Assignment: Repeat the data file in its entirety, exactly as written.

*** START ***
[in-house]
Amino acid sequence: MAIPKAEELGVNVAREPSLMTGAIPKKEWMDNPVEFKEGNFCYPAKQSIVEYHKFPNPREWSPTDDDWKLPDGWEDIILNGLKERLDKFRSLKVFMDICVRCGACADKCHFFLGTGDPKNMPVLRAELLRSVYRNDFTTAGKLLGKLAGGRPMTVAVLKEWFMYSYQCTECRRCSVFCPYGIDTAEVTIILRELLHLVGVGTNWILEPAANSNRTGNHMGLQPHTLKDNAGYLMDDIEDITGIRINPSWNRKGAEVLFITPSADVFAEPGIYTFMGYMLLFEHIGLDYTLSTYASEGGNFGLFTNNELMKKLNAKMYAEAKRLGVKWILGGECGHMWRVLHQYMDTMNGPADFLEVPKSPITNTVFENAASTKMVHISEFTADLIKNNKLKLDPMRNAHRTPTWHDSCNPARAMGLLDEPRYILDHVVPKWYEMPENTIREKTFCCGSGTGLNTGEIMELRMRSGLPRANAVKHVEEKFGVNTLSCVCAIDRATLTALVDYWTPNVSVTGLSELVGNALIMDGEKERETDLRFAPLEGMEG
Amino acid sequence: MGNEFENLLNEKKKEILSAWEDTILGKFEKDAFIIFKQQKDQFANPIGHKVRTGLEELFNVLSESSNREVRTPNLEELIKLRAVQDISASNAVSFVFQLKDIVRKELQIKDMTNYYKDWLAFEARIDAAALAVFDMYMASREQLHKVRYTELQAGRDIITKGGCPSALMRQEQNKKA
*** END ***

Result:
[in-house]
Amino acid sequence: MAIPKAEELGVNVAREPSLMTGAIPKKEWMDNPVEFKEGNFCYPAKQSIVEYHKFPNPREWSPTDDDWKLPDGWEDIILNGLKERLDKFRSLKVFMDICVRCGACADKCHFFLGTGDPKNMPVLRAELLRSVYRNDFTTAGKLLGKLAGGRPMTVAVLKEWFMYSYQCTECRRCSVFCPYGIDTAEVTIILRELLHLVGVGTNWILEPAANSNRTGNHMGLQPHTLKDNAGYLMDDIEDITGIRINPSWNRKGAEVLFITPSADVFAEPGIYTFMGYMLLFEHIGLDYTLSTYASEGGNFGLFTNNELMKKLNAKMYAEAKRLGVKWILGGECGHMWRVLHQYMDTMNGPADFLEVPKSPITNTVFENAASTKMVHISEFTADLIKNNKLKLDPMRNAHRTPTWHDSCNPARAMGLLDEPRYILDHVVPKWYEMPENTIREKTFCCGSGTGLNTGEIMELRMRSGLPRANAVKHVEEKFGVNTLSCVCAIDRATLTALVDYWTPNVSVTGLSELVGNALIMDGEKERETDLRFAPLEGMEG
Amino acid sequence: MGNEFENLLNEKKKEILSAWEDTILGKFEKDAFIIFKQQKDQFANPIGHKVRTGLEELFNVLSESSNREVRTPNLEELIKLRAVQDISASNAVSFVFQLKDIVRKELQIKDMTNYYKDWLAFEARIDAAALAVFDMYMASREQLHKVRYTELQAGRDIITKGGCPSALMRQEQNKKA